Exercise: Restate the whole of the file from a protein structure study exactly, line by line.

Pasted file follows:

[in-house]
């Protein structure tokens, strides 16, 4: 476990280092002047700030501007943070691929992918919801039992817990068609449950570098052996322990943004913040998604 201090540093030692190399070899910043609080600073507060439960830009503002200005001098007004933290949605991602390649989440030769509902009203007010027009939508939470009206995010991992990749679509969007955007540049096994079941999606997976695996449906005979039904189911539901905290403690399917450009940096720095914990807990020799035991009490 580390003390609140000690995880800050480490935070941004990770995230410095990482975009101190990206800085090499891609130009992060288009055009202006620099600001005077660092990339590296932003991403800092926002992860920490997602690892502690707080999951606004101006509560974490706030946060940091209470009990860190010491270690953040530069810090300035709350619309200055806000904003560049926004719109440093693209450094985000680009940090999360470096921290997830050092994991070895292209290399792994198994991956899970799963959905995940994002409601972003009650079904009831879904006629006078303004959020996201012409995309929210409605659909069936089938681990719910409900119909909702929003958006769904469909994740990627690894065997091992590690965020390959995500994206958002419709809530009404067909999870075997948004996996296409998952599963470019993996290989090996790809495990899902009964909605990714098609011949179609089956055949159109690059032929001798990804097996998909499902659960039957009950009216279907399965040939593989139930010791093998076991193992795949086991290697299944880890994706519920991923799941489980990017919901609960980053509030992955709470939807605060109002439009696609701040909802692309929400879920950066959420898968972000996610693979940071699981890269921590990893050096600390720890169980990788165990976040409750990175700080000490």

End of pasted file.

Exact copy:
[in-house]
């Protein structure tokens, strides 16, 4: 476990280092002047700030501007943070691929992918919801039992817990068609449950570098052996322990943004913040998604 201090540093030692190399070899910043609080600073507060439960830009503002200005001098007004933290949605991602390649989440030769509902009203007010027009939508939470009206995010991992990749679509969007955007540049096994079941999606997976695996449906005979039904189911539901905290403690399917450009940096720095914990807990020799035991009490 580390003390609140000690995880800050480490935070941004990770995230410095990482975009101190990206800085090499891609130009992060288009055009202006620099600001005077660092990339590296932003991403800092926002992860920490997602690892502690707080999951606004101006509560974490706030946060940091209470009990860190010491270690953040530069810090300035709350619309200055806000904003560049926004719109440093693209450094985000680009940090999360470096921290997830050092994991070895292209290399792994198994991956899970799963959905995940994002409601972003009650079904009831879904006629006078303004959020996201012409995309929210409605659909069936089938681990719910409900119909909702929003958006769904469909994740990627690894065997091992590690965020390959995500994206958002419709809530009404067909999870075997948004996996296409998952599963470019993996290989090996790809495990899902009964909605990714098609011949179609089956055949159109690059032929001798990804097996998909499902659960039957009950009216279907399965040939593989139930010791093998076991193992795949086991290697299944880890994706519920991923799941489980990017919901609960980053509030992955709470939807605060109002439009696609701040909802692309929400879920950066959420898968972000996610693979940071699981890269921590990893050096600390720890169980990788165990976040409750990175700080000490």